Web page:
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Yoga mats are the most essential accessories when it comes to yoga as they provide us with a stable and comfortable surface to practice on. Ever wondered how these yoga mats came about? Fasten your seatbelts as we would be gliding through history very soon to uncover the fascinating history. Let's discuss the basics first.

What are Yoga Mats?

Yoga mats are simply the mats on which yoga is practiced and they are designed to provide us with a soft, stable and non-slippery surface to help us maintain our balance and avoid injury when practicing yoga. These mats come in different sizes, thickness and are made with different materials which determines the texture, feel, weight, and how they provide cushioning during the practice. With that said, let’s begin our history lesson.

History of Yoga Mats

Before mats were used at all, yoga practice was done on the bare ground or on Kusha grass and later people started spreading their cloths and animal skin on the floor to provide some sort of comfort and prevent their bodies from having direct contact with the floor.



Later on, as the practice became more challenging with the development of more challenging asanas (physical postures), yoga practitioners saw the need for more supportive surfaces, so they began to use towels and cotton mats or rugs that are rectangular in shape just like the yoga mats we have nowadays. The clothes definitely had to evolve into cotton mats and towels as these provided them with much better grips than plain cloths did.

In the early 1960s, foam padding was added to the towels and cotton mats to provide it with more cushioning. This we can say became the first leap into the yoga mats we know today. Although the foam padding provided a much softer base, it was not enough as it was too soft and did not provide enough stability for standing posture. You can picture doing yoga on soft foam, your legs would probably be sinking into the foam.

Let’s jump to the 1970s, rubber padding or underlay was becoming popular because it was thicker than the foam padding and it provided more stability for yoga practitioners. Although this was a better initiative, it was far from perfect as the rubber was not durable enough and it deteriorated quickly after long usage.

In the 1980s, the first sticky mats were introduced. To be exact, in 1982, Angela Farmer while teaching yoga in Germany created the first modern yoga mat, she cut carpet underlay into towel size during her yoga classes for her students to be more comfortable. When she returned home to London with the material, Angela's father, Richard Farmer, took the mat to the next level, he contacted the German padding manufacturer and became the first retailer of "sticky mats”. These padded mats provided more grip and cushioning for the practice.

Later in the 1990s, PVC (Polyvinyl chloride) which is a form of plastic that is not biodegradable was introduced. The plastic was easy to manufacture and had greater durability and these gave way to widespread usage of yoga mats as they were cheap and on budget for many people.

Due to the non-degradable factor of the PVC mats, better alternatives had to emerge. They came in the form of the use of natural rubber, jute, cotton and hemp, cork, synthetic rubber, TPE (Thermoplastic Elastomers) and many others.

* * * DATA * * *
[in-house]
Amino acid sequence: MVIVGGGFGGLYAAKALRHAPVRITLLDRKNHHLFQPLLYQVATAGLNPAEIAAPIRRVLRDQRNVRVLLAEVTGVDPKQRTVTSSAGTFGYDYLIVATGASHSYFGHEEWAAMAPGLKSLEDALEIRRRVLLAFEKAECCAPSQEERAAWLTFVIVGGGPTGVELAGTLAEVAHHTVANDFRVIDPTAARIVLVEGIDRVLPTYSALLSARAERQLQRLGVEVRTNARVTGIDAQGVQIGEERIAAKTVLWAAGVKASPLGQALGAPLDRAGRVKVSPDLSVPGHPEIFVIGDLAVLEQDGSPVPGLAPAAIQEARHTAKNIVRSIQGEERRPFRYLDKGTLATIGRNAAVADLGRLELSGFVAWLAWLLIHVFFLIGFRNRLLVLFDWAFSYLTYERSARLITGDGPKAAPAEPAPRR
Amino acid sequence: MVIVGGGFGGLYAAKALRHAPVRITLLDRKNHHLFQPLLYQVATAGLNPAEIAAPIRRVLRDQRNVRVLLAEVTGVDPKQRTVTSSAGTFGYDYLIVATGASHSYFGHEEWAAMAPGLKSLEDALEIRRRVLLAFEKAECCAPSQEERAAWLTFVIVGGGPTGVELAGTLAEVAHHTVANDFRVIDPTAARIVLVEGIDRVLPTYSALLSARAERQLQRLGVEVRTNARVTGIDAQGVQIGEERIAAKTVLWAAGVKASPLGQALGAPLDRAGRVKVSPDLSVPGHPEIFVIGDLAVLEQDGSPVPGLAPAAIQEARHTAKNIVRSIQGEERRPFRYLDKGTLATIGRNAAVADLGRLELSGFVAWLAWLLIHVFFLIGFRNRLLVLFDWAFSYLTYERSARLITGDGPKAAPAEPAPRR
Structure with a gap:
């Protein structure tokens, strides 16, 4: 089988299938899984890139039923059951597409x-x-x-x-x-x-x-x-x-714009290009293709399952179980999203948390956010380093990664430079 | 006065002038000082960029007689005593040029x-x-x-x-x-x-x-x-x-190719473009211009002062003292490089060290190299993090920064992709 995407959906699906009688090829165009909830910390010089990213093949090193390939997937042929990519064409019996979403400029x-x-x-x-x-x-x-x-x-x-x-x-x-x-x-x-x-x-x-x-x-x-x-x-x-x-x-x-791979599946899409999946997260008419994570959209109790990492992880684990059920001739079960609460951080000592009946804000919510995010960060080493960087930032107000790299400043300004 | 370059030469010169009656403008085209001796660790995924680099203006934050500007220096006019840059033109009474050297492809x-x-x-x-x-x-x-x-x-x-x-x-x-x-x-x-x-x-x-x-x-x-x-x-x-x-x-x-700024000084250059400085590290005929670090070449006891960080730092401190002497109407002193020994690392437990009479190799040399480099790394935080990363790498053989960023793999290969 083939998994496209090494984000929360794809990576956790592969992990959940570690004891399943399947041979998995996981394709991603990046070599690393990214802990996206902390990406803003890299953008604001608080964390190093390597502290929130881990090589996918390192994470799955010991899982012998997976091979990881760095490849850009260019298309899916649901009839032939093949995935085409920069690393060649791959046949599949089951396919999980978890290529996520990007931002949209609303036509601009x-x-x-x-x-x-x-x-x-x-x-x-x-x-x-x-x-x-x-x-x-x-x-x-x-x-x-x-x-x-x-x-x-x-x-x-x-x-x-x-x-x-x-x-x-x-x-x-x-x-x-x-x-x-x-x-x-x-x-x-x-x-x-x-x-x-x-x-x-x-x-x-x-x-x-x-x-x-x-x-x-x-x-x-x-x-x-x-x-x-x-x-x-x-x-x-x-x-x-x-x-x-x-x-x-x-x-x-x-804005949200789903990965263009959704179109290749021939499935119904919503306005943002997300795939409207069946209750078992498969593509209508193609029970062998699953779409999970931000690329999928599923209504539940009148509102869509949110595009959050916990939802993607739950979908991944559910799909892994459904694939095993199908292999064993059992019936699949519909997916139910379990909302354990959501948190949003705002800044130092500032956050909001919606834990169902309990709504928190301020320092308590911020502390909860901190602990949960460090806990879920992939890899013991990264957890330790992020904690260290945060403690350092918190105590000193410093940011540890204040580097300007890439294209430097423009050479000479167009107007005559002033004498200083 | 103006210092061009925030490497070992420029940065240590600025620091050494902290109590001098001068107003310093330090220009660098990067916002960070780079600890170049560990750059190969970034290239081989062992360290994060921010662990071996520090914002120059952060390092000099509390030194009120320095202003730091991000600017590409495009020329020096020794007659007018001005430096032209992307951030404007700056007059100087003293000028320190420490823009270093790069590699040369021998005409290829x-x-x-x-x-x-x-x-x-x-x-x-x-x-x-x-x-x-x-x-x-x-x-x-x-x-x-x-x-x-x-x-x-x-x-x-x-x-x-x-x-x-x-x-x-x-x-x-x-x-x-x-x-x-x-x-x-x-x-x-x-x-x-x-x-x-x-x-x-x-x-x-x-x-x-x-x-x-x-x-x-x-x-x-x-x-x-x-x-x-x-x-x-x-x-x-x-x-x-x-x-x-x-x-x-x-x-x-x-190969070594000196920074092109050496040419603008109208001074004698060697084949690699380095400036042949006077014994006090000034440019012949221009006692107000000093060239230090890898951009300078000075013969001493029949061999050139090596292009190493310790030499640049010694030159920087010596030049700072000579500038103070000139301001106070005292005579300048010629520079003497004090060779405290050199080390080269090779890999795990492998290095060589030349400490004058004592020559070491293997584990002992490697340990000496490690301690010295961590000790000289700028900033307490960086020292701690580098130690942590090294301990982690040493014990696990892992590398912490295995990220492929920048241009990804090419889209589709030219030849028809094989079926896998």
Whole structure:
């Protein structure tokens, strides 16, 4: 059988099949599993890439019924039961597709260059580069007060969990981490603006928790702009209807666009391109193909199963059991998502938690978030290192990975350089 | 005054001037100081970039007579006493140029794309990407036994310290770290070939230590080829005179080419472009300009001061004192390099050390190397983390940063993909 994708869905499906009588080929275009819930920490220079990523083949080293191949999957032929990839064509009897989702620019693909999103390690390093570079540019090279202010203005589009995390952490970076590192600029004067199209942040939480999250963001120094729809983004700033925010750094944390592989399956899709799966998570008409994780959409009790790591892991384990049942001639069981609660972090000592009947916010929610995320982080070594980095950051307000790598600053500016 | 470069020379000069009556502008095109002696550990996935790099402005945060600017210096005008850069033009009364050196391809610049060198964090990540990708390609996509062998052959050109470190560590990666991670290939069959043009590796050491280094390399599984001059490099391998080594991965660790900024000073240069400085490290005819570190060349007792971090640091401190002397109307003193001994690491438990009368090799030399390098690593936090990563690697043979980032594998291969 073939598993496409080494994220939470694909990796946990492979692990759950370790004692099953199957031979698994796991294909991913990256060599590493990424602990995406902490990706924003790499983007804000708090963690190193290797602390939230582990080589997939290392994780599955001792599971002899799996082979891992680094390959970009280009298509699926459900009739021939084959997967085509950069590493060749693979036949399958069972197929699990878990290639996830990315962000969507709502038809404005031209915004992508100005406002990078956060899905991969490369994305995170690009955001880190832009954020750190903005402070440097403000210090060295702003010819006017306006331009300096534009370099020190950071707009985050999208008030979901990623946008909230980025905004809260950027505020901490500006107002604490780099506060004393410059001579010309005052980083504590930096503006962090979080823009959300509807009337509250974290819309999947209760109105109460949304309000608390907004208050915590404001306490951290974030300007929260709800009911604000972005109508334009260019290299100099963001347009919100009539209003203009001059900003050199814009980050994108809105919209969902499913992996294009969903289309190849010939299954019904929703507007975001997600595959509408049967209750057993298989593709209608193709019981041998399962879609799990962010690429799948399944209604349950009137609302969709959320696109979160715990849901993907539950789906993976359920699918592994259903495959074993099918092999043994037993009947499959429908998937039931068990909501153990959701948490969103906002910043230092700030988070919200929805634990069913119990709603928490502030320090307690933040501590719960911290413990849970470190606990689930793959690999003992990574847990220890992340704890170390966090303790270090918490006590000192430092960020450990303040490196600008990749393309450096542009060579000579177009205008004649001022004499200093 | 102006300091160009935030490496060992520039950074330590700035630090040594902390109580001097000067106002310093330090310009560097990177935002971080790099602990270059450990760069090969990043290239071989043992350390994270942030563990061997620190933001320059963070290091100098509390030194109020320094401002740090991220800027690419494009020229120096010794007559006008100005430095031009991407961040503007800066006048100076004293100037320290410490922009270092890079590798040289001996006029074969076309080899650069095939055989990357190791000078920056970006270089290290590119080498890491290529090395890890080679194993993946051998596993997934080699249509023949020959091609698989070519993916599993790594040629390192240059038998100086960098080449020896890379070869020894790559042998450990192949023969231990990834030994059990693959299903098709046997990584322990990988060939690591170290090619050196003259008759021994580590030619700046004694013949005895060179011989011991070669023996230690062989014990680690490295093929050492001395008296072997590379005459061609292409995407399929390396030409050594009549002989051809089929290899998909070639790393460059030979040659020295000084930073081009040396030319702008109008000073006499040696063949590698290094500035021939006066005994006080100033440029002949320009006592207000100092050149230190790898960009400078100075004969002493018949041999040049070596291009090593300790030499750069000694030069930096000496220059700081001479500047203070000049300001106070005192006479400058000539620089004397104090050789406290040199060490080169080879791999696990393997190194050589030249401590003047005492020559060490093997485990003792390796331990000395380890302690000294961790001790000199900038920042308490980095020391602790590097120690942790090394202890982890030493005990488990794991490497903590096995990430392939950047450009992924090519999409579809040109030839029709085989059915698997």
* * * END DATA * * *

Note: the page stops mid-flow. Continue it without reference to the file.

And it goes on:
Recent development now tends towards the use of recycled neoprene materials to create yoga mats. This is pioneered by Circular Flow and Kati Kaia is partnering with them to develop more eco-friendly mats and reduce neoprene landfills. This brings us to the end of our history lesson.

Best Yoga Mat Material

Yoga Mats Materials

There are lots of eco-friendly materials being used nowadays and this makes it difficult to be specific about the best option. It now depends on the individual’s needs and preference to decide which one to buy. PVC mats are affordable and durable, but they are not eco-friendly. We use natural rubber to produce our mats and they are very eco-friendly, but they are a bit more expensive than PVC mats. Cork mats are good too as they are eco-friendly and also provide excellent grip but they may be too firm for some people. Neoprene mats are on their way, be sure to check here constantly as they will be rolling out soon.

Alternatives to Yoga Mats

There are alternatives to the use of yoga mats, but they may not provide the feel and cushioning a yoga mat provides. Some people choose to use a towel or blanket instead of a traditional mat while some prefer to practice yoga on a grassy or sandy surface on the beach or backyard. Ultimately, you just have to find out what works for you.

Choosing the Best Yoga Mat

There are some critical factors to consider when choosing which mat to buy, you should consider the type of yoga you intend to practice, the surface you will be practicing on, the material used in making the mat, its thickness, length, texture and durability and of course the price. 

Eco-friendly Yoga Mats - Kati Kai

In conclusion, the history of yoga mats goes from bare floor and practicing on grass to using cloth and animal skin, to foam and rubber padding, then to sticky mats which is like the first modern mat, then to PVC and all other materials we have now. As the popularity of yoga continues, we would continue to see improvements in our mats and watch out for technology being added to your mats such as compact folding, sweat removal, temperature control and many more.

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